Pittsburgh Bans Natural Gas Drilling
In a historic vote, the City of Pittsburgh today adopted a first-in-the-nation ordinance banning corporations from natural gas drilling in the city.
Faced with the potential for drilling—and the controversial new practice known as “fracking” or hydraulic fracturing—within city limits, the Pittsburgh City Council unanimously said “no.” Fracking means injecting water laced with sand and toxic chemicals underground to create deep ground explosions that release the gas. It’s a technique first tried in Texas, and which is now being used in Pennsylvania, where the Marcellus Shale geological formation, a source of natural gas, is buried over a mile down. The Marcellus Shale stretches from New York, through Pennsylvania, into Ohio and West Virginia.
Fracking has been demonstrated to be a threat to surface and groundwater, and has been blamed for fatal explosions, the contamination of drinking water, rivers, and streams. Because it disturbs rock that’s laced not only with methane, but with carcinogens like benzene and radioactive ores like uranium, forcing the mix to the surface adds to the dangers.
Pittsburgh sits atop the Marcellus Shale and corporations have already purchased leases to drill there, including under area parks and cemeteries.
-Councilman Doug Shields
The ordinance sponsor, Pittsburgh Councilman Doug Shields, led the charge to ban drilling, and was later joined by five co-sponsors. During the months leading up to today’s vote, Shields passionately advocated for the ordinance, saying that the city is “not a colony of the state and will not sit quietly by as our city gets drilled.” He sees this fight as about far more than drilling, saying “It’s about our authority as a community to decide, not corporations deciding for us.”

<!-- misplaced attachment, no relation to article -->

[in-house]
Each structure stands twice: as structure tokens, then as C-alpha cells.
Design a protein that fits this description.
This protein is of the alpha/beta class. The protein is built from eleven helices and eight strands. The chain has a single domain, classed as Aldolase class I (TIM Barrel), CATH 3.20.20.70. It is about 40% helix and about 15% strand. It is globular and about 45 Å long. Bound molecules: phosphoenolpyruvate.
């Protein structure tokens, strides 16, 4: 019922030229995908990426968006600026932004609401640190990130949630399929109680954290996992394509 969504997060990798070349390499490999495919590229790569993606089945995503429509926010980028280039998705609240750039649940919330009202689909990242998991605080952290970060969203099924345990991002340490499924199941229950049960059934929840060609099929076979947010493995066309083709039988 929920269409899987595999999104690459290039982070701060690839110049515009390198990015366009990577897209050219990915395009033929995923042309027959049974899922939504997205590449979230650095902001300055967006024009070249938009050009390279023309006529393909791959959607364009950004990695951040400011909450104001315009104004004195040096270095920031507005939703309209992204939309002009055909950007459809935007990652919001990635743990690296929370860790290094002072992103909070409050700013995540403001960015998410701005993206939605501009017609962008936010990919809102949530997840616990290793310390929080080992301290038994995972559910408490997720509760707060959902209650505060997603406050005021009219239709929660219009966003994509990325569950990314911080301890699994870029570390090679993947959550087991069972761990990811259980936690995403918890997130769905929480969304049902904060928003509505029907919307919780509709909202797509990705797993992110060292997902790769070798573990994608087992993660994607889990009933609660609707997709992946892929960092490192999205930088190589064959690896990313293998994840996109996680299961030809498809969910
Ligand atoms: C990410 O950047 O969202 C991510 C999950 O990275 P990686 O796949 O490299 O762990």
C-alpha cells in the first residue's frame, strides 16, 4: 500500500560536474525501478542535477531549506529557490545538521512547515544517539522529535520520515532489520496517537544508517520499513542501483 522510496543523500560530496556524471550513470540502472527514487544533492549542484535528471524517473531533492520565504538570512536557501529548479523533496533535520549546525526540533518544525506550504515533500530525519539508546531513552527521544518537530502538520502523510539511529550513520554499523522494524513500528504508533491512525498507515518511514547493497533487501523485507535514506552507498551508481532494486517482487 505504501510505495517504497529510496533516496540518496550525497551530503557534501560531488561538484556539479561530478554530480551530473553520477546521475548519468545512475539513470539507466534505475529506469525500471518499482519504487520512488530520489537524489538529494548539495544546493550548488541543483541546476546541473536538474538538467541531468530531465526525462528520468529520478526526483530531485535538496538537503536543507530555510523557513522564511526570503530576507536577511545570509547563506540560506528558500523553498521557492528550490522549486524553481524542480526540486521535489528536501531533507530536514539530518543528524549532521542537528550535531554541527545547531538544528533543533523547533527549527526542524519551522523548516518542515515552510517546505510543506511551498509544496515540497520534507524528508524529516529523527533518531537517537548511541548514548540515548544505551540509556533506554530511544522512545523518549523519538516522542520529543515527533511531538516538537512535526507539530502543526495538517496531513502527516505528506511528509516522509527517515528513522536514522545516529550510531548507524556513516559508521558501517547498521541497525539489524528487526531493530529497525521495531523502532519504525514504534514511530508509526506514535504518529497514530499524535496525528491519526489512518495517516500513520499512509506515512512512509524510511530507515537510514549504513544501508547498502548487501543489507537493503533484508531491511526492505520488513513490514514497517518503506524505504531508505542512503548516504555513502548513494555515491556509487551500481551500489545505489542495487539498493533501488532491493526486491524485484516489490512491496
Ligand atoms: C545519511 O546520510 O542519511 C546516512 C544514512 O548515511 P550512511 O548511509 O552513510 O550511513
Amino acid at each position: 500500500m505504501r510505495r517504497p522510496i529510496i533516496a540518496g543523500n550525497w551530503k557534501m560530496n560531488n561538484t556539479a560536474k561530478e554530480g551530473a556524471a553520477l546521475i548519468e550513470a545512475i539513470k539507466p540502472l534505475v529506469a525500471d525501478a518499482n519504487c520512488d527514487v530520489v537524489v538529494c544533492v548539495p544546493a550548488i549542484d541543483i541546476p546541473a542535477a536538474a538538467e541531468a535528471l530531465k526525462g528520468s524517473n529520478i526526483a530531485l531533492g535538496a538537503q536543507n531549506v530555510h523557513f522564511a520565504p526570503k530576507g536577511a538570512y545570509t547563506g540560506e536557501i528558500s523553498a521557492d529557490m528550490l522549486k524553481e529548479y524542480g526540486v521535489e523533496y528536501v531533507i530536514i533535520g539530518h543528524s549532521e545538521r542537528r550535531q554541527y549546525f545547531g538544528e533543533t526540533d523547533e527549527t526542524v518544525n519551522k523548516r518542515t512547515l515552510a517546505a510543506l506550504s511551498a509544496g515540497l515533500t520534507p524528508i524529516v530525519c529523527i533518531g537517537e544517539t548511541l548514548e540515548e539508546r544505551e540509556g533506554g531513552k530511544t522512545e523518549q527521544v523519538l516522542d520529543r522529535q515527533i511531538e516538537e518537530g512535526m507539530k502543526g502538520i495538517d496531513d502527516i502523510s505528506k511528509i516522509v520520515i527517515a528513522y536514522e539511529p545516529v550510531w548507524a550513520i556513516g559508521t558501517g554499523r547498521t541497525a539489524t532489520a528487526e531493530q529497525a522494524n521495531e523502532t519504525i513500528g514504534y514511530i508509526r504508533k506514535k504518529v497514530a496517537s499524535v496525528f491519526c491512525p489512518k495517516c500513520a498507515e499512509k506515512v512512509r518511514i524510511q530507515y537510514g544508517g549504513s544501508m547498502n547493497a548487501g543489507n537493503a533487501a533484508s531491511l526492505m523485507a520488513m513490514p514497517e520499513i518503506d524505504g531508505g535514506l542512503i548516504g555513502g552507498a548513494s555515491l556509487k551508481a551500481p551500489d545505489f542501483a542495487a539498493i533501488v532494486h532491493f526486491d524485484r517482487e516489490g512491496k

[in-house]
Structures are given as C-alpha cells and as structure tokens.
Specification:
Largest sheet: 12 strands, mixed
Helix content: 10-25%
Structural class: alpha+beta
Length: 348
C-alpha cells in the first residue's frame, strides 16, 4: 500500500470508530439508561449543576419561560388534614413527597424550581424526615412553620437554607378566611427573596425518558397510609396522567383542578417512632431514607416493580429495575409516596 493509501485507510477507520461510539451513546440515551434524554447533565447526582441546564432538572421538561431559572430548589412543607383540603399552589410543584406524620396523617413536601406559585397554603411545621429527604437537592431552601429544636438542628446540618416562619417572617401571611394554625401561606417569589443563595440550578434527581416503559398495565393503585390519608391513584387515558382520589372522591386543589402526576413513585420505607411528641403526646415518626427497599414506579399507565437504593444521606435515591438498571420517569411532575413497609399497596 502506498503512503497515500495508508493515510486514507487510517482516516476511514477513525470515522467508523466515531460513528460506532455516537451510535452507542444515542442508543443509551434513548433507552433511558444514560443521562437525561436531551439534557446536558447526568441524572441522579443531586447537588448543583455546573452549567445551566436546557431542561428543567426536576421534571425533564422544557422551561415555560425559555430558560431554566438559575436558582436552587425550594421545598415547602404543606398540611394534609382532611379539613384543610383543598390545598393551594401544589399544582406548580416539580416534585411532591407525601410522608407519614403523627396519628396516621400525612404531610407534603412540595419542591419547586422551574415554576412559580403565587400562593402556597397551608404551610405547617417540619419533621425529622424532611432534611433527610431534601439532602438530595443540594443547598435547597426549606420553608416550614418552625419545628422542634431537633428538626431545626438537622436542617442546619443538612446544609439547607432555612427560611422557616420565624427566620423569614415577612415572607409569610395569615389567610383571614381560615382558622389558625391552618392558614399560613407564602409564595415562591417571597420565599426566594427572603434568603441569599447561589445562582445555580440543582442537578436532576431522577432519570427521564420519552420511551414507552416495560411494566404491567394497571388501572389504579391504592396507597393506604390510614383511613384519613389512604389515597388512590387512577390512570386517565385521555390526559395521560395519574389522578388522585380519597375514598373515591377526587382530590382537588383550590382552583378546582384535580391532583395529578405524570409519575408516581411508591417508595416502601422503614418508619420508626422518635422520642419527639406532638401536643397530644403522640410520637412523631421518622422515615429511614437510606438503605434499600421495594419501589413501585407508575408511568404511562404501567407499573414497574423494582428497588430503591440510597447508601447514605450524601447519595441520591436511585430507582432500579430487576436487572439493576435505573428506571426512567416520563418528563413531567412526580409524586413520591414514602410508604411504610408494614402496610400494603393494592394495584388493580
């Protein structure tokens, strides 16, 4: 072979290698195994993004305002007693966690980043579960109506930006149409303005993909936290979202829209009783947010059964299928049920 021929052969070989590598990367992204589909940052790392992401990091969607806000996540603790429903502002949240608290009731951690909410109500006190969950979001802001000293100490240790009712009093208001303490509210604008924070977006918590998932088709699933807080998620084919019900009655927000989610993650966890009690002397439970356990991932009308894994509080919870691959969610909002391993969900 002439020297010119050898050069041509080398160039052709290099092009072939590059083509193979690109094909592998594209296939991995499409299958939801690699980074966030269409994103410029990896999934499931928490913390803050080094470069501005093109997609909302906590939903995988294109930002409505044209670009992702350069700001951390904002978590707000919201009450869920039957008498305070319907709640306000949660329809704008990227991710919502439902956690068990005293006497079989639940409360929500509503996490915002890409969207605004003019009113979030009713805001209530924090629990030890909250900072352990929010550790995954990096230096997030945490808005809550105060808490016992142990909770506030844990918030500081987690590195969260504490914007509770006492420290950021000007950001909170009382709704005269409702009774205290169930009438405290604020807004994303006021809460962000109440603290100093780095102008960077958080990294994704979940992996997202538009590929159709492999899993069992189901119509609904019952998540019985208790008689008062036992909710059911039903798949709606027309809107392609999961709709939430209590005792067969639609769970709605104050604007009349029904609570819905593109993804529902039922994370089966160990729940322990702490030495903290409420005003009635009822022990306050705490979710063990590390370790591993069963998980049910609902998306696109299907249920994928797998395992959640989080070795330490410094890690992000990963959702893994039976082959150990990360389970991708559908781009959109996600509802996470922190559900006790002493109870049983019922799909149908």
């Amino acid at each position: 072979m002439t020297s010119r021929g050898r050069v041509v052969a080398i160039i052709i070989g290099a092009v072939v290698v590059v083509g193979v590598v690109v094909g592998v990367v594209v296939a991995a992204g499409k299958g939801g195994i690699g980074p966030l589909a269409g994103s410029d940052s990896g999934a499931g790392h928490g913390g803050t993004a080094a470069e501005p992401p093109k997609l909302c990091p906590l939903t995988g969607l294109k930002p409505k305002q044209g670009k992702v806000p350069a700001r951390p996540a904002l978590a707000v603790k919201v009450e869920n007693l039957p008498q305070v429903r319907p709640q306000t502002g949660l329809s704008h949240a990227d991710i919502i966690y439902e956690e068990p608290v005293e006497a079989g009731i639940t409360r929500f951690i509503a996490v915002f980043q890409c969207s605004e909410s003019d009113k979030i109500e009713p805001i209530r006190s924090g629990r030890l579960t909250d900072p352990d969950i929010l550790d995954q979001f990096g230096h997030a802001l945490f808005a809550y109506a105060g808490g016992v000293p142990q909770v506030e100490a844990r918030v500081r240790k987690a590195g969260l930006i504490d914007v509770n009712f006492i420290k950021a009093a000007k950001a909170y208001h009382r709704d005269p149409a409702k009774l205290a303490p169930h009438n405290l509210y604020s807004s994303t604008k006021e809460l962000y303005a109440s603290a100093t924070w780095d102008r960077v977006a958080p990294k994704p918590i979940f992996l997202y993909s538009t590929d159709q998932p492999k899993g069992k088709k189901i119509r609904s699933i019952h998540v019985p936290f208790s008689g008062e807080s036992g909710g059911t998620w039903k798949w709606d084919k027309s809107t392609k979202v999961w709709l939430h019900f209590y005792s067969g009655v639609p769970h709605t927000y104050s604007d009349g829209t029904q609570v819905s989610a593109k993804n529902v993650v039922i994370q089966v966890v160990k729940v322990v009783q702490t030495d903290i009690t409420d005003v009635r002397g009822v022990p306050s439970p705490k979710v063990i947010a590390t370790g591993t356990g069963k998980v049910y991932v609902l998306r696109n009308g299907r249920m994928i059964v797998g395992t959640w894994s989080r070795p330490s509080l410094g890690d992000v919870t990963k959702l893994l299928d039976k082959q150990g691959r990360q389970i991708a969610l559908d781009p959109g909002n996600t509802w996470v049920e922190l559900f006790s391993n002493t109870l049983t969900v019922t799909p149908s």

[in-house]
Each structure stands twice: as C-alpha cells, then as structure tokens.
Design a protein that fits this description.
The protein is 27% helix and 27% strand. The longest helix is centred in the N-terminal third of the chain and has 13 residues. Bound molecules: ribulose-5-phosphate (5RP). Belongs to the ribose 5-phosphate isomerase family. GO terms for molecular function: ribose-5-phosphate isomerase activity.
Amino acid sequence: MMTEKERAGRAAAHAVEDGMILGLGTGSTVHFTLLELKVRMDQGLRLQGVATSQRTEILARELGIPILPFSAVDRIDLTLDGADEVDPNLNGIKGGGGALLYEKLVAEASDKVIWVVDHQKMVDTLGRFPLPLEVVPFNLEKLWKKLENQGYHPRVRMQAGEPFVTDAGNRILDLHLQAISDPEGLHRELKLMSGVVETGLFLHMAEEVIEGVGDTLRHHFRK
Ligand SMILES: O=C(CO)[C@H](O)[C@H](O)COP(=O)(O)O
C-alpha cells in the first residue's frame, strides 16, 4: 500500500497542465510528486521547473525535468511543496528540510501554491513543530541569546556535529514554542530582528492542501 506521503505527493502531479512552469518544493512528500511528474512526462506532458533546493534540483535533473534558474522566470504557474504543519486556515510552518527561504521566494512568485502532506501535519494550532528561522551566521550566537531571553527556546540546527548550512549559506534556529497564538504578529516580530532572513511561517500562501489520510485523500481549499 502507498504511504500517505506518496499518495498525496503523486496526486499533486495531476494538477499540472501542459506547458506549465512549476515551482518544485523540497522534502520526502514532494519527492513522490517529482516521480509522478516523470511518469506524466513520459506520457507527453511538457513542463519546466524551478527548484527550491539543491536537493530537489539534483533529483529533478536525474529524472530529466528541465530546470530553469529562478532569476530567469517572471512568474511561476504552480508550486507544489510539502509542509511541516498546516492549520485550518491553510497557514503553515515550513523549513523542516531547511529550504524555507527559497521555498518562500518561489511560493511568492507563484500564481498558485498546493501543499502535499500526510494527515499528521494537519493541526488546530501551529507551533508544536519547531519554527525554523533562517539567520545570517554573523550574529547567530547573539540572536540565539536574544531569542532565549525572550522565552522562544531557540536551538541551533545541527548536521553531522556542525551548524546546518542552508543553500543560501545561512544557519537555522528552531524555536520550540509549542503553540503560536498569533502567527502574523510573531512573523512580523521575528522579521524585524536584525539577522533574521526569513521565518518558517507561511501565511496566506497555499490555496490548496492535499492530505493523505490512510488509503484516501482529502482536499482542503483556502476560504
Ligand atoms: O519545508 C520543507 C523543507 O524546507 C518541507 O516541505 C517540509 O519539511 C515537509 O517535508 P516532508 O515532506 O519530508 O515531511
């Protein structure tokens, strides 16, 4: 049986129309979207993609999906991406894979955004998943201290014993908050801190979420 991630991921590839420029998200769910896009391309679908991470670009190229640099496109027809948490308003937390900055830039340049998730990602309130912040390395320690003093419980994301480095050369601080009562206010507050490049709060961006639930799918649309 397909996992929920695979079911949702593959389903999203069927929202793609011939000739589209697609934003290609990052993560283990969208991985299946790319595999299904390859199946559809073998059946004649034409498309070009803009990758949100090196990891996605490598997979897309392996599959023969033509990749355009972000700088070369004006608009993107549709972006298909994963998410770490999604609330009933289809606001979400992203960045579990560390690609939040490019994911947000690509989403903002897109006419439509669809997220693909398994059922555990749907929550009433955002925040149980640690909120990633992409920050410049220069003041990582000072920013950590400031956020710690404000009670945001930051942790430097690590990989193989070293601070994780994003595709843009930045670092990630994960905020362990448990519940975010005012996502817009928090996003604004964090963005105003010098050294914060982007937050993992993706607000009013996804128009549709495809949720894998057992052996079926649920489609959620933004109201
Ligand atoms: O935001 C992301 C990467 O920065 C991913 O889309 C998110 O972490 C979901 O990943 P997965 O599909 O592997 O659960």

Drafted by the Community Environmental Legal Defense Fund (CELDF), Pittsburgh’s ordinance elevates the rights of people, the community, and nature over corporate “rights” and challenges the authority of the state to pre-empt community decision-making.
As natural gas drilling expands across Pennsylvania, there’s been a debate among opponents of fracking over the best course to take. Some are arguing for “responsible drilling” and severance taxes; others want to “zone out” drilling from residential areas or around schools.
Advocates and communities are finding, however, that calling on corporations to be more accountable, without changing the powers and authorities corporations have been given by state and federal government, means asking them to take voluntary steps. Even communities that adopt zoning restrictions requiring drilling pads to be located away from homes or schools find that because the drilling is horizontal, its impact still reaches into those places they are trying to protect.